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Paradox in the Crankcase


When it comes to engine oils, the list of must haves drawn up by automakers and heavy-duty engine builders varies little, year after year. Fuel economy, emissions systems compatibility, wear protection and overall robustness always top the list. The need for one oil that can be used worldwide is also frequently mentioned.

However, as the specifics are laid on the table, formulators find themselves facing a splintering market, with regional and technical differences becoming more evident. Where best to apply their precious dollars for engine oil development and production? Can they afford to field a full line of products to meet the proliferating needs? Or should they play it safe with broader, generic offerings, which may offer less room for innovation and growth?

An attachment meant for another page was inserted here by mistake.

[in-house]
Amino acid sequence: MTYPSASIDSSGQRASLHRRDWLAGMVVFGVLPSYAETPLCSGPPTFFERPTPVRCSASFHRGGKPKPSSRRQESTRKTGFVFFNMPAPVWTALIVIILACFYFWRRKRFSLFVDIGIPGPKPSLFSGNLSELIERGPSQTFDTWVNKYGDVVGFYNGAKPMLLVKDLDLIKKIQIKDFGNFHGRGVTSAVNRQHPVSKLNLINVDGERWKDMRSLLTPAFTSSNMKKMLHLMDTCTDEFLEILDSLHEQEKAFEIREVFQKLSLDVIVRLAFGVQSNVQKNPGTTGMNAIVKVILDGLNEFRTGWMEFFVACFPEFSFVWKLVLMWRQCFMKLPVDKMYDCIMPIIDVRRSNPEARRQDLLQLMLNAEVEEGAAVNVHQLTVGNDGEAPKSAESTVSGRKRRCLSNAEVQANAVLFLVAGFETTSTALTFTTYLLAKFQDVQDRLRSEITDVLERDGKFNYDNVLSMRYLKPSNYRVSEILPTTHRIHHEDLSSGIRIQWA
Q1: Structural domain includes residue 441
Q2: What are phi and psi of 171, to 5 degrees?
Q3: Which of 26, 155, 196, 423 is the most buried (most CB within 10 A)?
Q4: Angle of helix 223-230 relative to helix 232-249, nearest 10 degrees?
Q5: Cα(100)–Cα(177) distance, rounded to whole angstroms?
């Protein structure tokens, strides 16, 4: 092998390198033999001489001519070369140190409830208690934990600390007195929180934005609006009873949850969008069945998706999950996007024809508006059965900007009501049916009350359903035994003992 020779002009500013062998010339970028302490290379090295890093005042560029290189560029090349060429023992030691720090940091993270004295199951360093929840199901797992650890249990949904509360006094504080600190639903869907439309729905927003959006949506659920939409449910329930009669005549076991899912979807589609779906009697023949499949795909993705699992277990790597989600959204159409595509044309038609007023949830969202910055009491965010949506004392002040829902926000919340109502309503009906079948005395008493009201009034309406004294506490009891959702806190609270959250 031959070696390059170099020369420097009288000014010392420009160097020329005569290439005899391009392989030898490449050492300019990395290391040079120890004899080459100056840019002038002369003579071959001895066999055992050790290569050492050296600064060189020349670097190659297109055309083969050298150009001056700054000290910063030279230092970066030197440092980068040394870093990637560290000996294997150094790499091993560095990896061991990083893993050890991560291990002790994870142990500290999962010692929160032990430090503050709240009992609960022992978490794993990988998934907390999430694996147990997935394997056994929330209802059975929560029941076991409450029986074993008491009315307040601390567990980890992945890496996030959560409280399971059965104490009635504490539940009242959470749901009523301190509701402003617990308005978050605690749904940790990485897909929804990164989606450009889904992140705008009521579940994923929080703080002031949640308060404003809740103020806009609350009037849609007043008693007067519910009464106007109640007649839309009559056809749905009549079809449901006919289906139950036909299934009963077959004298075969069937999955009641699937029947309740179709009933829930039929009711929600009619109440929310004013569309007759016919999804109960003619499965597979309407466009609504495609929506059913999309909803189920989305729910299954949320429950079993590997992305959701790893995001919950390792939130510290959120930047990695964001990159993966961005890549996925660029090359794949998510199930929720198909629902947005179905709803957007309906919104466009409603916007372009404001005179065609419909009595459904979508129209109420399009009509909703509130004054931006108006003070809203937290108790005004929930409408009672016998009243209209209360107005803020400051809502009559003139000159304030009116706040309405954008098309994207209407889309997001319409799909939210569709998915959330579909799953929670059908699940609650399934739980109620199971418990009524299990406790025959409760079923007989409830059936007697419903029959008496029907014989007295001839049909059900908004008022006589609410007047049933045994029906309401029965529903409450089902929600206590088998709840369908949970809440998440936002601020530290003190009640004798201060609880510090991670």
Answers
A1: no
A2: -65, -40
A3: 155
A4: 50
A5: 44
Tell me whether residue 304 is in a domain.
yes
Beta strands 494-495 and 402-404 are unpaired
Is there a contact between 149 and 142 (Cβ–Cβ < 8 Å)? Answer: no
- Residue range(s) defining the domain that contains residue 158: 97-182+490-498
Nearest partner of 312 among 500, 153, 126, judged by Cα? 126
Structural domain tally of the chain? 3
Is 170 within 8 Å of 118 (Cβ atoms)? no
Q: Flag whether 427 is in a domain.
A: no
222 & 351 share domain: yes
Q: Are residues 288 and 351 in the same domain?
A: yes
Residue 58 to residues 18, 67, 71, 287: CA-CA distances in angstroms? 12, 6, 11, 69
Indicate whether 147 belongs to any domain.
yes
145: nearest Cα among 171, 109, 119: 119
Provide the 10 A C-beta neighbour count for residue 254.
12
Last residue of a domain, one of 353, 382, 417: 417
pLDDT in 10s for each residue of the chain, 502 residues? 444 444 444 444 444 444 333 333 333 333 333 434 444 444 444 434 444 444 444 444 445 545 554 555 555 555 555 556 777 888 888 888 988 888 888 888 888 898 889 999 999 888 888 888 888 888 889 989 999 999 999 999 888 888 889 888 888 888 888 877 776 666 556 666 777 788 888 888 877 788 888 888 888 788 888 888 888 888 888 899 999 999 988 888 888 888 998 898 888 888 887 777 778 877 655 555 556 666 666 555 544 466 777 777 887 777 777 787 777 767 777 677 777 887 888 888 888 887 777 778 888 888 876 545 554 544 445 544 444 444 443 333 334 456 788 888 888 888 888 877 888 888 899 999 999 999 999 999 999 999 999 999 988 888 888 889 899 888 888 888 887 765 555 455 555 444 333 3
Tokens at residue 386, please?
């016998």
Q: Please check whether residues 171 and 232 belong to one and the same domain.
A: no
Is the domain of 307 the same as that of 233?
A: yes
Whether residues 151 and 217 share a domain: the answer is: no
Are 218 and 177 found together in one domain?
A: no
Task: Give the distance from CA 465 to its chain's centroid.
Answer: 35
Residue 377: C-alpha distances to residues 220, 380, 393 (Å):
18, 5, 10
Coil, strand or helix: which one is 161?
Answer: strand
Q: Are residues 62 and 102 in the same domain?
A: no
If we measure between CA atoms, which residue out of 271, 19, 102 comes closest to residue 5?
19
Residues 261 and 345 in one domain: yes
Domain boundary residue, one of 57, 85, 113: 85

The stakes are not small, Barry Hemans of Lubrizol pointed out on Dec. 1 To the ICIS Pan American Base Oils and Lubricants Conference. To develop, test and gain approvals for a full line of engine oils for North Americas and Europes vehicles, marketers can spend between $4million and $8 million before selling a single drop. And these upfront costs are going up.

OEMs in Europe tend to be diverging rather than converging in their requirements, so the entry costs are getting higher, he said. The test programs for each oil type are lengthy, and to some degree require a judgment about future performance profiles and market needs.